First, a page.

Last updated: April 20, 2010 11:27 am

Volcanic ash: Q&A on travellers’ rights

How long will it take to get back to normal after flights start again? How long is a piece of string? As a spokeswoman for British Airways, one of the worst-hit airlines, said yesterday: "This is such a unique situation we can't say at this point." Suffice to say that it is likely to be some days.

Who will get priority when flights resume, those who have been disrupted or those with bookings for that day? Normally, when airlines face disruption from weather or strike action, they try to make sure people who have booked ahead still fly and make separate arrangements to rescue stranded passengers or others with cancelled flights.

That way, they have one set of frustrated customers rather than two. So far, airlines are advising this should be the case as airspace reopens, but given the extent of disruption, it may be too soon to be absolutely sure.

Some airlines say I am on my own but government ministers say I am entitled to hotel and food under European Union regulations. Who is right? The ministers are correct. Under the EU's passenger bill of rights, the airline is obliged to reimburse you for the price of your ticket or - if you opt to be rerouted - provide hotel, food and other amenities. The catch is that if you ask to be reimbursed, then the airline is released from other obligations.

Also, if you are reimbursed you will have to absorb the difference between what you paid for your original ticket and the cost of rebooking.

How long are they obliged to compensate me for? The law states that airlines must feed and house passengers "for one or more nights, as appropriate". In theory, that means the airlines have to provide such amenities until they have successfully rerouted you - however long that is. But we are in slightly uncharted waters here because passengers rarely need accommodation for more than a night. European Commission officials say that most passengers are taking matters into their own hands and making alternative arrangements rather than testing the airlines' commitments.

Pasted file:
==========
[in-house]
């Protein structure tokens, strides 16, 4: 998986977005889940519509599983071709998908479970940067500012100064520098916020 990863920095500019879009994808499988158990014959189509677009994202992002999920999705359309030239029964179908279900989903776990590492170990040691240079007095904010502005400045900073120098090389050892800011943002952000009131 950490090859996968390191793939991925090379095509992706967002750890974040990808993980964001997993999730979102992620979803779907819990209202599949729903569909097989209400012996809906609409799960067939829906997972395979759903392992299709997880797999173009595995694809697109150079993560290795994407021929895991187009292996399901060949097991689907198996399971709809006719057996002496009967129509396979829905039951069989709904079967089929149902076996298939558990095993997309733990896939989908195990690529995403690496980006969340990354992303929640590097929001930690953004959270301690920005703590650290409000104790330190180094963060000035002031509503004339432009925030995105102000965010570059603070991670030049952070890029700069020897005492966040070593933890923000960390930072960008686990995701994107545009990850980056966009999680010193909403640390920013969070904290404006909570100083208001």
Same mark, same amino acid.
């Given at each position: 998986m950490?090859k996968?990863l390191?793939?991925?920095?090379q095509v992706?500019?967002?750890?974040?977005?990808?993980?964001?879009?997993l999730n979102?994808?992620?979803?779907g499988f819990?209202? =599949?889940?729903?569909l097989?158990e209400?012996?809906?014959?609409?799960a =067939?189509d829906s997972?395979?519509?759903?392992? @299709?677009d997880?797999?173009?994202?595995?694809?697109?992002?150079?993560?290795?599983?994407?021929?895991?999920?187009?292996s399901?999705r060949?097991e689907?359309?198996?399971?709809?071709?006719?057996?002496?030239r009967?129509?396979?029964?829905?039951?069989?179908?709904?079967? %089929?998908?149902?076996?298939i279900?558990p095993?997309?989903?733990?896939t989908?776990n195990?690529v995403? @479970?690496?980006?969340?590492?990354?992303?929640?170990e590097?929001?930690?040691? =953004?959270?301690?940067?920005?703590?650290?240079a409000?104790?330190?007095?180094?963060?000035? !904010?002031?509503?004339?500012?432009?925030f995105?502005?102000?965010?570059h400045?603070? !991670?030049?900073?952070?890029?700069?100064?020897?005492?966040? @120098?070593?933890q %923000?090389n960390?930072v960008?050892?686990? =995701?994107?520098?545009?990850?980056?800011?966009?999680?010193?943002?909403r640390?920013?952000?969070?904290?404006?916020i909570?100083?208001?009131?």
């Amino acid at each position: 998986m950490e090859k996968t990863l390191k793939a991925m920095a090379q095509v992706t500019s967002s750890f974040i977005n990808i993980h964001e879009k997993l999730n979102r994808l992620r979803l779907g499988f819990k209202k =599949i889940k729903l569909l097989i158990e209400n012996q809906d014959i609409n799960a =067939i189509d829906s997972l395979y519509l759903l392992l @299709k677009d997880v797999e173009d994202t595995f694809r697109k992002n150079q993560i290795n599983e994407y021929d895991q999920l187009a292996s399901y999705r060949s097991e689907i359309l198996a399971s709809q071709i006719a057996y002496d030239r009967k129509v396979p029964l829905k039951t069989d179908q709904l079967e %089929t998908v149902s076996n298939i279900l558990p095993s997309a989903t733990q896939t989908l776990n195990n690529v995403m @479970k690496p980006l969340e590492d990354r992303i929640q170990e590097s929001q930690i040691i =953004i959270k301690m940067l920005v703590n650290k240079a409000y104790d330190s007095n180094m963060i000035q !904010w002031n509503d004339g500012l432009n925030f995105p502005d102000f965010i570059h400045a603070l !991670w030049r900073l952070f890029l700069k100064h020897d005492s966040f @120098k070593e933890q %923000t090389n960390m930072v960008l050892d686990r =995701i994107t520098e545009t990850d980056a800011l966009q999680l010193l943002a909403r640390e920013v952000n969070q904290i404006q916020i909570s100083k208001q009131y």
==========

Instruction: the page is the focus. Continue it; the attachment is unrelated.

My flight was cancelled and my airline says I have to rebook and travel within 30 days or pay extra to fly when I next want to. Is this legal? Not if your flight was covered by European Commission rule 261/2004, which says the date of the new flight should be at your convenience and you should not have to pay any more money. The Air Transport Users Council, the UK passenger lobby group, has seen evidence of breaches by airlines, however.

How come small aircraft have not been grounded and why can't the airlines make more use of them? Flying was not banned. Controlled airspace has been closed to flights conducted under instrument flight rules because the European bodies that control airspace believe they cannot guarantee aircraft safety.

Flights can still take place in what is called uncontrolled airspace - which is where there might be a radar service but flights are made under visual flight rules.

Since airspace at large airports is controlled, they would then not be able to land, except at very small aerodromes.

The CAA also issued advice that all non-essential aerial activity should be cancelled since ash clouds could be encountered at very low levels.

What is the best way to get from London to New York? A number of London travel agencies had been advising people who had been stranded to stay put and wait in the hope that UK airspace would soon reopen.

Some travellers have been trying to get to airports in European countries where airports have stayed open, or reopened, such as Spain, Norway and parts of France.

However, there is a large number of people attempting to do this and some of the airlines are so overwhelmed that it is hard to make bookings.

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